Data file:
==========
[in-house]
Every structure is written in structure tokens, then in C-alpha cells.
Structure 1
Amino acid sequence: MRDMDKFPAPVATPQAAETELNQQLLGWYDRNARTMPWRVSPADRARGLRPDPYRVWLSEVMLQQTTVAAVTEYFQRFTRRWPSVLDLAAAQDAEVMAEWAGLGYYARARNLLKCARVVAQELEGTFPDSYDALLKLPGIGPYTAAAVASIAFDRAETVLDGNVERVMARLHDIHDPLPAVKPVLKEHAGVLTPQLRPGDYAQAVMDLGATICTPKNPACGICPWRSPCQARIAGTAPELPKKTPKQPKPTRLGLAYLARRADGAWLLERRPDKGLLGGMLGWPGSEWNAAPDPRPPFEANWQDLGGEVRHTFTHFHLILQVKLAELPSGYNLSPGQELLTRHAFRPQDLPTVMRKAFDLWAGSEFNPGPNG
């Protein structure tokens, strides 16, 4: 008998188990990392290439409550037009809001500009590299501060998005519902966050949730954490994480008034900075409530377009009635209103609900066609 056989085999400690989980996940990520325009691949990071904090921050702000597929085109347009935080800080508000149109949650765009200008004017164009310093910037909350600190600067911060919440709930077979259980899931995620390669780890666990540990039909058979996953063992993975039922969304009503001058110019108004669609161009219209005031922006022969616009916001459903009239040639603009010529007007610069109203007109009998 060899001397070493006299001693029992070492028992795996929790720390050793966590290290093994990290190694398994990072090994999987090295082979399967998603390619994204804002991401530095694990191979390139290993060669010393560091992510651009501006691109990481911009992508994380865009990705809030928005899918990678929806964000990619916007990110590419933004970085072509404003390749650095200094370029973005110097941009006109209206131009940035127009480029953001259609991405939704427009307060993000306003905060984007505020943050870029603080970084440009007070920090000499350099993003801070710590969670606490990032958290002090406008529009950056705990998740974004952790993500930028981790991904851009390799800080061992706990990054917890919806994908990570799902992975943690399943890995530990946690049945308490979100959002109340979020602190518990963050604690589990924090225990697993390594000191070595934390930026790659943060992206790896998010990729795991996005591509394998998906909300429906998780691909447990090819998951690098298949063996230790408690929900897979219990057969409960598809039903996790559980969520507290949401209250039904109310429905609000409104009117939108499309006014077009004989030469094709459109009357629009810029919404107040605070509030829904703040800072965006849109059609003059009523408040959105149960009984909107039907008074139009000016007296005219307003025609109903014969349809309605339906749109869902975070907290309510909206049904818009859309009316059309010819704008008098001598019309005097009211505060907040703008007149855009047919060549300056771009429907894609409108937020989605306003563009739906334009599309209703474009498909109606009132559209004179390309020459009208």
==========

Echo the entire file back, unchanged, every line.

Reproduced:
[in-house]
Every structure is written in structure tokens, then in C-alpha cells.
Structure 1
Amino acid sequence: MRDMDKFPAPVATPQAAETELNQQLLGWYDRNARTMPWRVSPADRARGLRPDPYRVWLSEVMLQQTTVAAVTEYFQRFTRRWPSVLDLAAAQDAEVMAEWAGLGYYARARNLLKCARVVAQELEGTFPDSYDALLKLPGIGPYTAAAVASIAFDRAETVLDGNVERVMARLHDIHDPLPAVKPVLKEHAGVLTPQLRPGDYAQAVMDLGATICTPKNPACGICPWRSPCQARIAGTAPELPKKTPKQPKPTRLGLAYLARRADGAWLLERRPDKGLLGGMLGWPGSEWNAAPDPRPPFEANWQDLGGEVRHTFTHFHLILQVKLAELPSGYNLSPGQELLTRHAFRPQDLPTVMRKAFDLWAGSEFNPGPNG
């Protein structure tokens, strides 16, 4: 008998188990990392290439409550037009809001500009590299501060998005519902966050949730954490994480008034900075409530377009009635209103609900066609 056989085999400690989980996940990520325009691949990071904090921050702000597929085109347009935080800080508000149109949650765009200008004017164009310093910037909350600190600067911060919440709930077979259980899931995620390669780890666990540990039909058979996953063992993975039922969304009503001058110019108004669609161009219209005031922006022969616009916001459903009239040639603009010529007007610069109203007109009998 060899001397070493006299001693029992070492028992795996929790720390050793966590290290093994990290190694398994990072090994999987090295082979399967998603390619994204804002991401530095694990191979390139290993060669010393560091992510651009501006691109990481911009992508994380865009990705809030928005899918990678929806964000990619916007990110590419933004970085072509404003390749650095200094370029973005110097941009006109209206131009940035127009480029953001259609991405939704427009307060993000306003905060984007505020943050870029603080970084440009007070920090000499350099993003801070710590969670606490990032958290002090406008529009950056705990998740974004952790993500930028981790991904851009390799800080061992706990990054917890919806994908990570799902992975943690399943890995530990946690049945308490979100959002109340979020602190518990963050604690589990924090225990697993390594000191070595934390930026790659943060992206790896998010990729795991996005591509394998998906909300429906998780691909447990090819998951690098298949063996230790408690929900897979219990057969409960598809039903996790559980969520507290949401209250039904109310429905609000409104009117939108499309006014077009004989030469094709459109009357629009810029919404107040605070509030829904703040800072965006849109059609003059009523408040959105149960009984909107039907008074139009000016007296005219307003025609109903014969349809309605339906749109869902975070907290309510909206049904818009859309009316059309010819704008008098001598019309005097009211505060907040703008007149855009047919060549300056771009429907894609409108937020989605306003563009739906334009599309209703474009498909109606009132559209004179390309020459009208």